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CRISPR gene editing used to treat patient with cancer and HIV

Illustration: Rebecca Zisser/Axios

Chinese researchers used CRISPR technology to safely treat a man with cancer and HIV, Bloomberg reports, a major step forward for the gene editing field.

Why it matters: "The man's medical case, published Wednesday in the New England Journal of Medicine, is the first detailed report in a major academic journal of how doctors are using the experimental tool [CRISPR] to manipulate the DNA of a living patient in an effort to cure disease," Bloomberg writes.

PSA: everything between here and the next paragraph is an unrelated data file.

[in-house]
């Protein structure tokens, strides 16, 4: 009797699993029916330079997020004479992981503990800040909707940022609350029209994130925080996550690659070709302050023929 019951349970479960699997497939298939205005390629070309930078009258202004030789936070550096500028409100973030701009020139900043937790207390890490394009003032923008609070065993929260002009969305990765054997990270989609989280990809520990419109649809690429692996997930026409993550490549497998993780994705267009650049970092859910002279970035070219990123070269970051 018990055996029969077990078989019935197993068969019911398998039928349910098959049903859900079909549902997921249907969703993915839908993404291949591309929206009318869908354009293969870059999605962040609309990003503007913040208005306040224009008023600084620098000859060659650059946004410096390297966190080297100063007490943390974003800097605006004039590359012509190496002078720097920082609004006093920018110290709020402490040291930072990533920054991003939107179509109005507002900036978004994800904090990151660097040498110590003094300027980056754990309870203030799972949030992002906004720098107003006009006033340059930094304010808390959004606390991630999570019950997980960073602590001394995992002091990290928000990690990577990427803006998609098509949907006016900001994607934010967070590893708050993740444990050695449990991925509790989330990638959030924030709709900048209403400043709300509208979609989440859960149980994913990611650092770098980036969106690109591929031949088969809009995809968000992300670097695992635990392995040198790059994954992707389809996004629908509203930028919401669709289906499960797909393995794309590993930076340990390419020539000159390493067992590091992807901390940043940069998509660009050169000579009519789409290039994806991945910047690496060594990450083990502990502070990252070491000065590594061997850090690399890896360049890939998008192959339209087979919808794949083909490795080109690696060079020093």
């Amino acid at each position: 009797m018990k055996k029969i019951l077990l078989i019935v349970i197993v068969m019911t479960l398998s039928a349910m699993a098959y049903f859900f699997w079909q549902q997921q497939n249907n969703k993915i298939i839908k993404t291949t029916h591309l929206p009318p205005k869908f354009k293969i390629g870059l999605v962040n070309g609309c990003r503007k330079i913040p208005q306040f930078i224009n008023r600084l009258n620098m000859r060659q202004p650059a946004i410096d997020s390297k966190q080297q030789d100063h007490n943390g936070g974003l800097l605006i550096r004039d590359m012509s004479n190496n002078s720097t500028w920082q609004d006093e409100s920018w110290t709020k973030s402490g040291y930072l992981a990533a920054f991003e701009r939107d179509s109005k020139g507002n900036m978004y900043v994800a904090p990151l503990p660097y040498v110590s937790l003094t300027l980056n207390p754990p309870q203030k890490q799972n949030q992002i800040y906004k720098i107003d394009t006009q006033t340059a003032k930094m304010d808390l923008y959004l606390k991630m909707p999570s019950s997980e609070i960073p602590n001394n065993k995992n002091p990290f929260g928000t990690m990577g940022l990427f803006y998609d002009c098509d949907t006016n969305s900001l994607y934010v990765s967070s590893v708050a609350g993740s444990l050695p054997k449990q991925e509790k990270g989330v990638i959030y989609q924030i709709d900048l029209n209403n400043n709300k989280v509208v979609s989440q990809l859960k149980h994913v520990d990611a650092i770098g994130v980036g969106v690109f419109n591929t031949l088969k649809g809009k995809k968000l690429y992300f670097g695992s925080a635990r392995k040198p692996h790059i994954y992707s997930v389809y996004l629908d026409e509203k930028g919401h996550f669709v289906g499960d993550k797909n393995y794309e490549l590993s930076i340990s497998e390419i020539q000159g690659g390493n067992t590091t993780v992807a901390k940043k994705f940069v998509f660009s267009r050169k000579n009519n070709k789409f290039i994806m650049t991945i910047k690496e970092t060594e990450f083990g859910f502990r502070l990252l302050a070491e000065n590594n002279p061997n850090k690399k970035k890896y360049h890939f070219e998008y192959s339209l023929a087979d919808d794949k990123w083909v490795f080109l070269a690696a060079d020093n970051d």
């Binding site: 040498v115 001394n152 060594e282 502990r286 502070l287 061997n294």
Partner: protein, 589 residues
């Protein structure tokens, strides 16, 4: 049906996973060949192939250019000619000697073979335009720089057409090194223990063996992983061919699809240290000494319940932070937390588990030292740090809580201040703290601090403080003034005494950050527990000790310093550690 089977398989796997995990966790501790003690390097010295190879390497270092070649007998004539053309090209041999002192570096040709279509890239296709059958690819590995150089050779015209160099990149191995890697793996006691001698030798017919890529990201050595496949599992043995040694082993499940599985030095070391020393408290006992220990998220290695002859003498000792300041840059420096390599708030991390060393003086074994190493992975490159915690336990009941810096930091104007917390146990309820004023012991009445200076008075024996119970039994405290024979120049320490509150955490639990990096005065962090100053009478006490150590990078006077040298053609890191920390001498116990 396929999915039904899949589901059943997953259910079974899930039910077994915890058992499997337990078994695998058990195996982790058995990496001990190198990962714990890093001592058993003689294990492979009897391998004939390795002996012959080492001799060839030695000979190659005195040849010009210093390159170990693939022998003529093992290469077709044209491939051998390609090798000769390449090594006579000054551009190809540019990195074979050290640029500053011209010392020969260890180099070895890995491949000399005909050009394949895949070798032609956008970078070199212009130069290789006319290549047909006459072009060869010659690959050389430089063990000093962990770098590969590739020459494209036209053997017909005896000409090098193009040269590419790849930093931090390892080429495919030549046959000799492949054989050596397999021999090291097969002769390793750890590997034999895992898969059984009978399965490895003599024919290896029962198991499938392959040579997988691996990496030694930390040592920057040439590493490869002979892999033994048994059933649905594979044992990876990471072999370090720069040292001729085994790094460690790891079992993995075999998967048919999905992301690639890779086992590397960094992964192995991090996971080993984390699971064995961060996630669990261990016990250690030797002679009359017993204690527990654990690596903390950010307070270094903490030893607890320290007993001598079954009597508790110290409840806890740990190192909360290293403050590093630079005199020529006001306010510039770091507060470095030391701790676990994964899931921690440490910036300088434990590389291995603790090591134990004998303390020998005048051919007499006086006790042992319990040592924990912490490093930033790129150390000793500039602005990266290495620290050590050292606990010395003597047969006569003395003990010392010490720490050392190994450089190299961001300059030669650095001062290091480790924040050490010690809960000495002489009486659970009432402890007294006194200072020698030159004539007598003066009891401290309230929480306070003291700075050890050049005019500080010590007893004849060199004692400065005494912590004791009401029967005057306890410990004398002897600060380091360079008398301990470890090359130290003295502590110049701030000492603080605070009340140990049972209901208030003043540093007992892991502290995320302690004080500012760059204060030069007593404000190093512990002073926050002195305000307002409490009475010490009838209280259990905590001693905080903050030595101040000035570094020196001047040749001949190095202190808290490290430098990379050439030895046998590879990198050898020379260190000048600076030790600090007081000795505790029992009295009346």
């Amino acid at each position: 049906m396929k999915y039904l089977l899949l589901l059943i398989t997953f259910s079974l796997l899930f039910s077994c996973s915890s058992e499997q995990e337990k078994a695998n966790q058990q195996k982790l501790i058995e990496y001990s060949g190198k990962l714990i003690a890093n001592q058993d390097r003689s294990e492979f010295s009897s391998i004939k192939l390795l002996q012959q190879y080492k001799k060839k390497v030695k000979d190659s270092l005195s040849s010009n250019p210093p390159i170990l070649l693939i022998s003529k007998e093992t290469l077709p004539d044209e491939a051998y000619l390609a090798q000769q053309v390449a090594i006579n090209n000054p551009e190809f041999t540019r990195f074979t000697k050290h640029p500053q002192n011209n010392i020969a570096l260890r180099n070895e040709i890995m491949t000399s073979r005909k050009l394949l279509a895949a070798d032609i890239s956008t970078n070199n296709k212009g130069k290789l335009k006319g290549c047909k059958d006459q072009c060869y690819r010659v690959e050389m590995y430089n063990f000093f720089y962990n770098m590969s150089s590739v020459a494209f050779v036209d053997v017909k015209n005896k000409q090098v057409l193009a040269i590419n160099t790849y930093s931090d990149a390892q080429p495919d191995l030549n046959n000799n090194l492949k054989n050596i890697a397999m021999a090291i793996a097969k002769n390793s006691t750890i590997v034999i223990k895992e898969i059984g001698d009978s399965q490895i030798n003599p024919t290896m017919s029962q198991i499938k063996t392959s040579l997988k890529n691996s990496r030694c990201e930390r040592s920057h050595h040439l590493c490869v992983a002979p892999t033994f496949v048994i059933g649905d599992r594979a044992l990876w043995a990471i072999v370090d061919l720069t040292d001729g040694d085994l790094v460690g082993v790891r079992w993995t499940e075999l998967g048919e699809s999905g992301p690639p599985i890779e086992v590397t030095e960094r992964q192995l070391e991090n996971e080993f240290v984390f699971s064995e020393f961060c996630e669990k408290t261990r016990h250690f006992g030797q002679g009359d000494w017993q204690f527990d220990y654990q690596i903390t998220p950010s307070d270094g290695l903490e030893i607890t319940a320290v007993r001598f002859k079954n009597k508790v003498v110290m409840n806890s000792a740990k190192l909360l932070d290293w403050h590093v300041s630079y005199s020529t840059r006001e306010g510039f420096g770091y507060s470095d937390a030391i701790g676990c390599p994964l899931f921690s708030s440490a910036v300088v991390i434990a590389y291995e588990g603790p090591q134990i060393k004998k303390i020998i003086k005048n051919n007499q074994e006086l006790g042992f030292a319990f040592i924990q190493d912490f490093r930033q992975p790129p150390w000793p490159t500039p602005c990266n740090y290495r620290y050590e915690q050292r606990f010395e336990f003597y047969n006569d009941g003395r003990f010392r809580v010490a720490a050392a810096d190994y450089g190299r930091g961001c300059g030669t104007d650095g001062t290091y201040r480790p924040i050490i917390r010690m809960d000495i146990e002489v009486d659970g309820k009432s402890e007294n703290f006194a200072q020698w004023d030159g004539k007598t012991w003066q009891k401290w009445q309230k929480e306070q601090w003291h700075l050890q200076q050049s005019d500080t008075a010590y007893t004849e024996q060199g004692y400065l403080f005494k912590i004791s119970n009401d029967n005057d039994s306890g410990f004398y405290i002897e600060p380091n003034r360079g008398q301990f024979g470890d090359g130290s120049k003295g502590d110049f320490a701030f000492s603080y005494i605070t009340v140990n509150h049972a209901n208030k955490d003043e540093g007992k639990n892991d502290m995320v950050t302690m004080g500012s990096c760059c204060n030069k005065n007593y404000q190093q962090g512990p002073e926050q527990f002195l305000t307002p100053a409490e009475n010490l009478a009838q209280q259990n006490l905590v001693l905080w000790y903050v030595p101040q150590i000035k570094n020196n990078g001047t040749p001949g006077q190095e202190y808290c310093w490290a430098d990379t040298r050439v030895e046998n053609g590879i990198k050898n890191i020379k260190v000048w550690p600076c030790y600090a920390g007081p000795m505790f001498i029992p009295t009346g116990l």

• The patient's treatment had mixed results: His cancer in remission and the modified cells integrated into his body, but his HIV wasn't cured.

Flashback: Last year, a different Chinese scientist used the technology to create the first gene-edited babies, sparking massive global backlash. Even before that, there were plenty of questions about how CRISPR should be used.

Go deeper: The ethical red flags of genetically edited babies